Set in the same world as The Iron Dragon's Daughter. Will is a happy-go-lucky fairie peasant boy--until a draconic cyborg machine of death crash lands in his village. The dragon chooses Will to be his mouthpiece and spy, which makes him grow up very fast and very dark. Eventually, Will escapes to the city, where he adventures first as a vigilante in the sewers and then as a conman in high society.

Unfortunately, this book doesn't hold together quite as well as The Iron Dragon's Daughter. It beg
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Guy Haley
I absolutely loved The Iron Dragon's Daughter, picking it up after I read the first part of this follow-up as a short story. The sheer inventiveness of that segment had me hooked, wherein a wounded mechanical dragon - an aircraft of a machine-age fairyland - crawls into a village and promptly sets itself up as king. I don't buy a lot of books, despite reading plenty. Yeah, that sounds immensely hypocritical for an author. But most of my reading time is taken up reviewing (copies provided) or res ...more
Searska GreyRaven
This is one of the few books where I absolutely didn't see the ending coming. I loved it. ^_^
Sarah Lawrence
This has got to be one of the most original worlds I've read about in a long time. It took me quite a while to get used to--maybe as much as a quarter of the book--but it was well worth it in the end. What started out looking like a typical medieval-ish fantasy actually has a lot of very modern elements: refrigerators, subways, and motorcycles, to name a few.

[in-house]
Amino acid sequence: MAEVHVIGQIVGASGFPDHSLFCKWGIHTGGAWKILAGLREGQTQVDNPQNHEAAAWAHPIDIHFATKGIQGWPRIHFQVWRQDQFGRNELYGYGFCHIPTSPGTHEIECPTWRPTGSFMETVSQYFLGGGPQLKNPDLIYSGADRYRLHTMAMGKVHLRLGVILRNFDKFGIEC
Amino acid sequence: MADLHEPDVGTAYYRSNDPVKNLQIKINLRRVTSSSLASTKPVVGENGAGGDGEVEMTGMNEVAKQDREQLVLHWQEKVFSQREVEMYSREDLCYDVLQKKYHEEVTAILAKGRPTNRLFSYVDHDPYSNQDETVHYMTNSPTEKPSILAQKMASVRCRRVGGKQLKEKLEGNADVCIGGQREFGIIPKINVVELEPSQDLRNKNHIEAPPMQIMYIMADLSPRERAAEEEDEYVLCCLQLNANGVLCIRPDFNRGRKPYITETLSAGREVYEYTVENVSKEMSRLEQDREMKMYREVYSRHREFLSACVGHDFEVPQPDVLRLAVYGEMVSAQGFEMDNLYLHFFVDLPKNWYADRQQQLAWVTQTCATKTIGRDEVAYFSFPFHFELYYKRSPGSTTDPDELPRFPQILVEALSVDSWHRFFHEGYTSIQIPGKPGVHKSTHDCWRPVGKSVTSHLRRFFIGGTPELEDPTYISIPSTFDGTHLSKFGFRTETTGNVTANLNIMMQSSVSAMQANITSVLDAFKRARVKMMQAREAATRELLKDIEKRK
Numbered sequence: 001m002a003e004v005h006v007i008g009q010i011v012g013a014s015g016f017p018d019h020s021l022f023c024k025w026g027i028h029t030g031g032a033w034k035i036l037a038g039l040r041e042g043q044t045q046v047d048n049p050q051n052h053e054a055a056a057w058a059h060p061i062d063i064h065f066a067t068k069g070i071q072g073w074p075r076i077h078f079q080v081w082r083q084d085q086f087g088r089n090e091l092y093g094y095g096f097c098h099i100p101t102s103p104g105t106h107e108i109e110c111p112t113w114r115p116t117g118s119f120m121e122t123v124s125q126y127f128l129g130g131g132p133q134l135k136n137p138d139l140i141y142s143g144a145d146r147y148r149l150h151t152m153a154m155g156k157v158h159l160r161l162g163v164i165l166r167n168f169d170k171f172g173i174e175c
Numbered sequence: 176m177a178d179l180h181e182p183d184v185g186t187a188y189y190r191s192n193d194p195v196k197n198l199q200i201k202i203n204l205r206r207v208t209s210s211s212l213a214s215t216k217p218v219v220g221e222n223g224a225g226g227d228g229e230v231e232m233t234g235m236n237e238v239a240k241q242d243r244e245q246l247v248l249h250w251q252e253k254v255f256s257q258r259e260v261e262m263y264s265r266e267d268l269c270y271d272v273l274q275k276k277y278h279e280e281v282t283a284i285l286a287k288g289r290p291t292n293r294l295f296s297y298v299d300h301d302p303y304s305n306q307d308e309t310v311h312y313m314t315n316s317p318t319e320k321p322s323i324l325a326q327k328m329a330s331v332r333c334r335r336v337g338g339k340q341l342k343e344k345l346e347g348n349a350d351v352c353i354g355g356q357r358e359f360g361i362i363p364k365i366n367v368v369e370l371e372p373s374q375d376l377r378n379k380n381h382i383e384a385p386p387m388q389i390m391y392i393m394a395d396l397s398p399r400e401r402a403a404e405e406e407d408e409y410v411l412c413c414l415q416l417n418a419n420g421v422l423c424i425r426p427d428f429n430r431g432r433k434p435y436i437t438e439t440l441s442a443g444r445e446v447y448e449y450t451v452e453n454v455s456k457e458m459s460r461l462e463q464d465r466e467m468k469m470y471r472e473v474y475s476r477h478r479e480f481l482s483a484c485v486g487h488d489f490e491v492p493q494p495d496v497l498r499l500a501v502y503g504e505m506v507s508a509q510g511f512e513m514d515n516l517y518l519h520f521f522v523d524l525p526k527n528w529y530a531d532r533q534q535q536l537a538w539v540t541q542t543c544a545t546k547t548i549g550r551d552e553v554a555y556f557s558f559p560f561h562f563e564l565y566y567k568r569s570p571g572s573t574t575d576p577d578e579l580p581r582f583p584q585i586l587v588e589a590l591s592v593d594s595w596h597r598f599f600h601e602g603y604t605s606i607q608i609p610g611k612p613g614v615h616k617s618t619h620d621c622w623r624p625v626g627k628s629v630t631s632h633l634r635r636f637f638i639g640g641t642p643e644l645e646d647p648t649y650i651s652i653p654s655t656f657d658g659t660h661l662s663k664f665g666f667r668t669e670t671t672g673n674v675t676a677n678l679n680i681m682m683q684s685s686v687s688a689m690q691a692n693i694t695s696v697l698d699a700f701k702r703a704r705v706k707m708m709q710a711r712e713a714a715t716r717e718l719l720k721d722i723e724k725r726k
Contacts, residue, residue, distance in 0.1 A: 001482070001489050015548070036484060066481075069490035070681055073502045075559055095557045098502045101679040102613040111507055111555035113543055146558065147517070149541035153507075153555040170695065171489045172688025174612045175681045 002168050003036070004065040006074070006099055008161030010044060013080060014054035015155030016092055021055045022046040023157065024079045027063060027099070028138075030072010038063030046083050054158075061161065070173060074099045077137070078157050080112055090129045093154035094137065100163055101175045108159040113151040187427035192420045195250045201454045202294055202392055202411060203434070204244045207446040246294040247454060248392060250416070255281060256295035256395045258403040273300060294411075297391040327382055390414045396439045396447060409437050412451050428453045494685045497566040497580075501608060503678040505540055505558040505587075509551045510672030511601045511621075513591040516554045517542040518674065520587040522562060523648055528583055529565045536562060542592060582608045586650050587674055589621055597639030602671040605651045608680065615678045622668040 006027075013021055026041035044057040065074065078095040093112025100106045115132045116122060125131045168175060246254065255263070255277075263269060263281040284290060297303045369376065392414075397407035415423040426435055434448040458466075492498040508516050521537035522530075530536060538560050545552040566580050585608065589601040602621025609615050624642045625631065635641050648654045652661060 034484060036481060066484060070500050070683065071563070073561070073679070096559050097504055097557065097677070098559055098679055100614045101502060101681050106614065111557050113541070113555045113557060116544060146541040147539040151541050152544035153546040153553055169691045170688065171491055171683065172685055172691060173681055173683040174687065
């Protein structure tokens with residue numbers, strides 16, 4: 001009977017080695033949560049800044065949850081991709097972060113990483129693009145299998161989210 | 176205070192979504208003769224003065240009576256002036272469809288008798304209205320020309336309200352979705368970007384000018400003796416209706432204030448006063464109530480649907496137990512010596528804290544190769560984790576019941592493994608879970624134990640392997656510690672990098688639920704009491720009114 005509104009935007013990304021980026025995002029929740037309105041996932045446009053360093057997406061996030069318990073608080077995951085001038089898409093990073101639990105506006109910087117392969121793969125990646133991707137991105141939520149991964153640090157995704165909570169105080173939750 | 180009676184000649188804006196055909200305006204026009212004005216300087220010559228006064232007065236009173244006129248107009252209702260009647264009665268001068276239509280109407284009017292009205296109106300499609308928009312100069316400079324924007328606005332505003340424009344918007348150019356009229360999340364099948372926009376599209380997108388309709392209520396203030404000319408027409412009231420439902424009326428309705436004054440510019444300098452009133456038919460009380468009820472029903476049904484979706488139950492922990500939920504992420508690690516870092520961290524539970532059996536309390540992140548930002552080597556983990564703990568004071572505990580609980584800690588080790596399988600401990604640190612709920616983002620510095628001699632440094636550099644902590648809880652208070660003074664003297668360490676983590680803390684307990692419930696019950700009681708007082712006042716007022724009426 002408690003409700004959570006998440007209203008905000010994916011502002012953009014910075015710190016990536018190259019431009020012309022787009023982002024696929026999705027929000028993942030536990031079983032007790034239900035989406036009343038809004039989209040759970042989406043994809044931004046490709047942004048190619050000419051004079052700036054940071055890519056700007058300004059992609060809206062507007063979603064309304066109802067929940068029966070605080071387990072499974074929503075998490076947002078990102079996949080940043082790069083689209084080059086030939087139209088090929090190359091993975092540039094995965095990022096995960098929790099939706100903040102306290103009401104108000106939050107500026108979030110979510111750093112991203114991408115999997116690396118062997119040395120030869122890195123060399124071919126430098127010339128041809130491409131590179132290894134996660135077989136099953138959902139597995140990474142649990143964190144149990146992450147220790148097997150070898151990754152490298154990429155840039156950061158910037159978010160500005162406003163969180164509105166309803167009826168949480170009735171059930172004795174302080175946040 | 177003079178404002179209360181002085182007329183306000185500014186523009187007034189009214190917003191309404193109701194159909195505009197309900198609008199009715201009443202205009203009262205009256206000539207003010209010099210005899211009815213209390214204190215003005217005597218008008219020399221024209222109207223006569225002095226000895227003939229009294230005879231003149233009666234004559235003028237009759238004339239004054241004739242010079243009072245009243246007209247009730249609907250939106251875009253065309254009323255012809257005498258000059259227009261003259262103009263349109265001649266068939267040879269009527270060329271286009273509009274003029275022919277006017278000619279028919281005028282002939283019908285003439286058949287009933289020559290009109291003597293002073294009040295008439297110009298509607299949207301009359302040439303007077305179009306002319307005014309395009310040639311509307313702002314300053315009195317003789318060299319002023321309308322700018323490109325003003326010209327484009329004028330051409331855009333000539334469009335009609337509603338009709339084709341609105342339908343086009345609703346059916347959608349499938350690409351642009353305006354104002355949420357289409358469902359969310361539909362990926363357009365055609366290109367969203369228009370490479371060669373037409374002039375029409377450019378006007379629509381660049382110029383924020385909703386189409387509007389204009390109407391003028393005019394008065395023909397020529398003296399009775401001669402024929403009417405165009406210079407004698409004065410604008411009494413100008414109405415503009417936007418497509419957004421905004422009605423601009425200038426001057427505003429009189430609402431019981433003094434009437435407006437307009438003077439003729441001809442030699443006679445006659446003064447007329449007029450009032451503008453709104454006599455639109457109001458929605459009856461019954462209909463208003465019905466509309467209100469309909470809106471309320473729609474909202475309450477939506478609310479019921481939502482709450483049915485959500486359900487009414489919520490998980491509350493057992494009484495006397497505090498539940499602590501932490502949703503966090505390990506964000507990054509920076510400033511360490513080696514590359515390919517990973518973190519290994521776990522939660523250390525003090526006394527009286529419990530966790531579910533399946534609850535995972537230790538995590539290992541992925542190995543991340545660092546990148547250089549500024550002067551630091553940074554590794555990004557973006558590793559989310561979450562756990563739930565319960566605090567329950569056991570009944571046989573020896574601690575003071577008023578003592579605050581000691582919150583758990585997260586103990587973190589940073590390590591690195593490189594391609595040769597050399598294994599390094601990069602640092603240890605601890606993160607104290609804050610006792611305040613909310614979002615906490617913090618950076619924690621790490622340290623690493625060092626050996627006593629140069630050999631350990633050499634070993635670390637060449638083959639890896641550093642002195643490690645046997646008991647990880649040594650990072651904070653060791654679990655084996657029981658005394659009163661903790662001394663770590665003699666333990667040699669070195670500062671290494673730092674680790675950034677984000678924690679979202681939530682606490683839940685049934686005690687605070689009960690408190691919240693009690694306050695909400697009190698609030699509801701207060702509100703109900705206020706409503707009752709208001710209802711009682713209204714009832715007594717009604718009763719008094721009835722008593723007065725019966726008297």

But it's also a great melting pot of fantasy creatures and elements from all over the world. There's a definite favoring of the Fertile Cr
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Jurgen_i
As a whole, this book is really good. However, the beginning is very poor, i forced myself to read till the page 70 or 80: a village almost completely from the agrarian era and battle aircrafts flying over it. Yes, they are called dragons and are conscious, but made of steel (!), full of electronics, accumulators and fuel, armed with missiles. Manufacturing, magic, and old refrigerators at a dump. What a crap! But not only the world is tasteless and poor, but also the plot shines with its banali ...more
CD
May 25, 2009 CD rated it 5 of 5 stars  ·  review of another edition
Recommends it for: grades 9 and above
Recommended to CD by: YALSA, Alex award winner
I just shut the book of this delightful gem of a dark fantasy, steampunk novel. What a kicker of an ending. It appeared on the Alex Award winner list and sounded like something I would like as the Starlog likened it to Neil Gaiman's Neverwhere and Mirrormask. Mention Gaiman's name and I am your girl, so it was a no brainer to grab this one up off the YALSA picks display.